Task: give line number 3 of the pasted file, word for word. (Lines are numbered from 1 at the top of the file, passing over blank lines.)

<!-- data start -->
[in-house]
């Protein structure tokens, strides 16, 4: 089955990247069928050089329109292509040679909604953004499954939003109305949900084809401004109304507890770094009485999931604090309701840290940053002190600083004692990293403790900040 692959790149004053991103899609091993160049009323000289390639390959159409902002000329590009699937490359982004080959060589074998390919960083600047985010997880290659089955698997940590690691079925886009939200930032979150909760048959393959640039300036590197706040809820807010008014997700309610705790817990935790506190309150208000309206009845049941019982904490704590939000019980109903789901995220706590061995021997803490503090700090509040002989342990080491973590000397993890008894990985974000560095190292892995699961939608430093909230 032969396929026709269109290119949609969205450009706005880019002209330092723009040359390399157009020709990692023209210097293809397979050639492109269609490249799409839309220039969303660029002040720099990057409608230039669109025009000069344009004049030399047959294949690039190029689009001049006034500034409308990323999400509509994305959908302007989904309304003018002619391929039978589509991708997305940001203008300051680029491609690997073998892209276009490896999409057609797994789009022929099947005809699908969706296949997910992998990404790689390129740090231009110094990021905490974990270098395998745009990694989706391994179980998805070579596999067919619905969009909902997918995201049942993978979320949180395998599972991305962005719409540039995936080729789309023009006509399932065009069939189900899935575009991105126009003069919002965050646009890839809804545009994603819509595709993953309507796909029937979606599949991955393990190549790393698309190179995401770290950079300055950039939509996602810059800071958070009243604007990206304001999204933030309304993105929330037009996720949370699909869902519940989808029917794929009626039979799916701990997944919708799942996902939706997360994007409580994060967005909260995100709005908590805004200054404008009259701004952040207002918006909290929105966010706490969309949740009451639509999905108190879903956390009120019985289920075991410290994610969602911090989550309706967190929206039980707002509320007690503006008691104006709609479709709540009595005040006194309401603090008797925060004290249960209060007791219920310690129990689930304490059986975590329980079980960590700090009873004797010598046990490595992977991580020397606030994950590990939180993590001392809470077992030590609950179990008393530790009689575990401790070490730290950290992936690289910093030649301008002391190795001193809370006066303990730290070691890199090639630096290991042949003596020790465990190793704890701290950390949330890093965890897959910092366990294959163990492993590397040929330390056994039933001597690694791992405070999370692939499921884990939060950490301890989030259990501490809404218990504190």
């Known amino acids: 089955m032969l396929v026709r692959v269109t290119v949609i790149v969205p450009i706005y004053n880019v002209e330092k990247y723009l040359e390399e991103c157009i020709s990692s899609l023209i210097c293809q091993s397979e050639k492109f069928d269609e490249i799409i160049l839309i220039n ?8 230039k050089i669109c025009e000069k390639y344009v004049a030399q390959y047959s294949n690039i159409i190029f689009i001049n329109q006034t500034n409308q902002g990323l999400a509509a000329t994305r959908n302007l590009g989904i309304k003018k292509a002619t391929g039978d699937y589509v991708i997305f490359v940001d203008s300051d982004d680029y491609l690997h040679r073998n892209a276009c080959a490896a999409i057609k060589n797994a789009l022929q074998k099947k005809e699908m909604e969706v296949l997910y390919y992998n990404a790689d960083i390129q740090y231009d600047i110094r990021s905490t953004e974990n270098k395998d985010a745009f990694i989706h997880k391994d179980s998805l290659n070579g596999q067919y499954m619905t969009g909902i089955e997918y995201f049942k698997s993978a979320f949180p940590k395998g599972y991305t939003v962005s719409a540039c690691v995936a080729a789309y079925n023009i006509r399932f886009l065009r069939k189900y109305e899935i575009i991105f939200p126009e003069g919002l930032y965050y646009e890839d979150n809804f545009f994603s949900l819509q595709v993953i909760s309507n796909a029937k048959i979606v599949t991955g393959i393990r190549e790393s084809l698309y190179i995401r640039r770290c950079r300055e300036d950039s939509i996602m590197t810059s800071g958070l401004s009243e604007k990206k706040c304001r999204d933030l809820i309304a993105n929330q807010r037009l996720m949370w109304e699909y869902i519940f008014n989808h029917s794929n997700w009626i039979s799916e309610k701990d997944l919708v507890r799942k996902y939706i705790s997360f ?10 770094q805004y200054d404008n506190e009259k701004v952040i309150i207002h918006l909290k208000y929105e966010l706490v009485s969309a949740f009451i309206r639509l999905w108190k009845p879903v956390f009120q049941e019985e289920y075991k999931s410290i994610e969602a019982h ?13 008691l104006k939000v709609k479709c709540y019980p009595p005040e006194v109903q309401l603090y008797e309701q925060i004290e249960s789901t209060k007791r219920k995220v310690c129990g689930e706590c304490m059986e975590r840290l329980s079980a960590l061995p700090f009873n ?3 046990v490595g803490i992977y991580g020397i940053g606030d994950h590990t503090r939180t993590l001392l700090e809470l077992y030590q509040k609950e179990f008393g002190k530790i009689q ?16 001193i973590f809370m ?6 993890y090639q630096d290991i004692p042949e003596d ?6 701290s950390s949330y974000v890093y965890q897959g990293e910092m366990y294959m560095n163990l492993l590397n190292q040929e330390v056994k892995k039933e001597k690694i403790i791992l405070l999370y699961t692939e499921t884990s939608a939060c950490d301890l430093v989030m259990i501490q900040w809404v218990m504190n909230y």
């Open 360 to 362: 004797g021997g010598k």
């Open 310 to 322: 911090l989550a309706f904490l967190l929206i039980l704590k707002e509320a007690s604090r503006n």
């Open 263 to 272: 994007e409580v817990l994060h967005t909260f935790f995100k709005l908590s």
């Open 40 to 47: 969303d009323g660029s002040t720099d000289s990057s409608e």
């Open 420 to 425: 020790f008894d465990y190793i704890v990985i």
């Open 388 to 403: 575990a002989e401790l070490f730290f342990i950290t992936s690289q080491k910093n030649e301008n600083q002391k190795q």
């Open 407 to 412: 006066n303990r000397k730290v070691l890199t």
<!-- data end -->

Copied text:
């Known amino acids: 089955m032969l396929v026709r692959v269109t290119v949609i790149v969205p450009i706005y004053n880019v002209e330092k990247y723009l040359e390399e991103c157009i020709s990692s899609l023209i210097c293809q091993s397979e050639k492109f069928d269609e490249i799409i160049l839309i220039n ?8 230039k050089i669109c025009e000069k390639y344009v004049a030399q390959y047959s294949n690039i159409i190029f689009i001049n329109q006034t500034n409308q902002g990323l999400a509509a000329t994305r959908n302007l590009g989904i309304k003018k292509a002619t391929g039978d699937y589509v991708i997305f490359v940001d203008s300051d982004d680029y491609l690997h040679r073998n892209a276009c080959a490896a999409i057609k060589n797994a789009l022929q074998k099947k005809e699908m909604e969706v296949l997910y390919y992998n990404a790689d960083i390129q740090y231009d600047i110094r990021s905490t953004e974990n270098k395998d985010a745009f990694i989706h997880k391994d179980s998805l290659n070579g596999q067919y499954m619905t969009g909902i089955e997918y995201f049942k698997s993978a979320f949180p940590k395998g599972y991305t939003v962005s719409a540039c690691v995936a080729a789309y079925n023009i006509r399932f886009l065009r069939k189900y109305e899935i575009i991105f939200p126009e003069g919002l930032y965050y646009e890839d979150n809804f545009f994603s949900l819509q595709v993953i909760s309507n796909a029937k048959i979606v599949t991955g393959i393990r190549e790393s084809l698309y190179i995401r640039r770290c950079r300055e300036d950039s939509i996602m590197t810059s800071g958070l401004s009243e604007k990206k706040c304001r999204d933030l809820i309304a993105n929330q807010r037009l996720m949370w109304e699909y869902i519940f008014n989808h029917s794929n997700w009626i039979s799916e309610k701990d997944l919708v507890r799942k996902y939706i705790s997360f ?10 770094q805004y200054d404008n506190e009259k701004v952040i309150i207002h918006l909290k208000y929105e966010l706490v009485s969309a949740f009451i309206r639509l999905w108190k009845p879903v956390f009120q049941e019985e289920y075991k999931s410290i994610e969602a019982h ?13 008691l104006k939000v709609k479709c709540y019980p009595p005040e006194v109903q309401l603090y008797e309701q925060i004290e249960s789901t209060k007791r219920k995220v310690c129990g689930e706590c304490m059986e975590r840290l329980s079980a960590l061995p700090f009873n ?3 046990v490595g803490i992977y991580g020397i940053g606030d994950h590990t503090r939180t993590l001392l700090e809470l077992y030590q509040k609950e179990f008393g002190k530790i009689q ?16 001193i973590f809370m ?6 993890y090639q630096d290991i004692p042949e003596d ?6 701290s950390s949330y974000v890093y965890q897959g990293e910092m366990y294959m560095n163990l492993l590397n190292q040929e330390v056994k892995k039933e001597k690694i403790i791992l405070l999370y699961t692939e499921t884990s939608a939060c950490d301890l430093v989030m259990i501490q900040w809404v218990m504190n909230y």